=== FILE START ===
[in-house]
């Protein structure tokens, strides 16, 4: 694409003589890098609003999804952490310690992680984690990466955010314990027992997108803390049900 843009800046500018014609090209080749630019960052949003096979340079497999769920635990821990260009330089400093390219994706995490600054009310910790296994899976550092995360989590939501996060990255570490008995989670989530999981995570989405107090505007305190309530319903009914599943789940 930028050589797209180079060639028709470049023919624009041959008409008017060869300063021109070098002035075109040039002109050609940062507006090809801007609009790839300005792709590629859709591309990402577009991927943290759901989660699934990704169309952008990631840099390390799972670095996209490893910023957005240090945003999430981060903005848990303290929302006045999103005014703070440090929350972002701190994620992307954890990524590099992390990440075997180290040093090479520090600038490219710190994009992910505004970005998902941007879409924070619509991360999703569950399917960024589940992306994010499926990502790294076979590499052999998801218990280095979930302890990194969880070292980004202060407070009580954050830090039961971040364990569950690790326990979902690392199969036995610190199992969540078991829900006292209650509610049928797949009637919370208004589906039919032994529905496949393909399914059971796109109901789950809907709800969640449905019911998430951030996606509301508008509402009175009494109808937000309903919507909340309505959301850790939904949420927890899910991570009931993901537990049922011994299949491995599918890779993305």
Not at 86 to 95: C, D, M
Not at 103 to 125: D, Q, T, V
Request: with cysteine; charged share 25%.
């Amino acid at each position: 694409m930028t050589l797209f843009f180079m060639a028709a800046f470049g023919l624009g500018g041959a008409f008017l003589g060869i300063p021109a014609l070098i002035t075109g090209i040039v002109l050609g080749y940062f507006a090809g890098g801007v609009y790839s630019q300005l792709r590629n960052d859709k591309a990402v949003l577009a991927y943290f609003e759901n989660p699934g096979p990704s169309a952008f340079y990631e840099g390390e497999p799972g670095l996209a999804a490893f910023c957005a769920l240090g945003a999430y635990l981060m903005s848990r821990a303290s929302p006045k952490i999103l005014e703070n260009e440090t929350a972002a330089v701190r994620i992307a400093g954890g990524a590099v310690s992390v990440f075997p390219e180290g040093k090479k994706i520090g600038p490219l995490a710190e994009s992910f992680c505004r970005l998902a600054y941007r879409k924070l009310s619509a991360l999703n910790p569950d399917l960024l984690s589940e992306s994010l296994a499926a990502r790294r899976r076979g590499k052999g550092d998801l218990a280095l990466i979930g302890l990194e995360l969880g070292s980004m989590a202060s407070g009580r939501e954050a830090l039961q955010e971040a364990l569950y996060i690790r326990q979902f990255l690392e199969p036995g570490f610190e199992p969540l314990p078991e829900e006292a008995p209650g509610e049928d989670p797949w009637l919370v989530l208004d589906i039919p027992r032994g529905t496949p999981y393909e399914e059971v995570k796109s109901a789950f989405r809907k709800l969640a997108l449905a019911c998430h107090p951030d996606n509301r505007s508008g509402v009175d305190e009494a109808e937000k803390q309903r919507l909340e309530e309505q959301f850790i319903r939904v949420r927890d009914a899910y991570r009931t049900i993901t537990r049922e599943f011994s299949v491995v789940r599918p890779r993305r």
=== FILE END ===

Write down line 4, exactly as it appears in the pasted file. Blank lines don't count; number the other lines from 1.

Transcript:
Not at 103 to 125: D, Q, T, V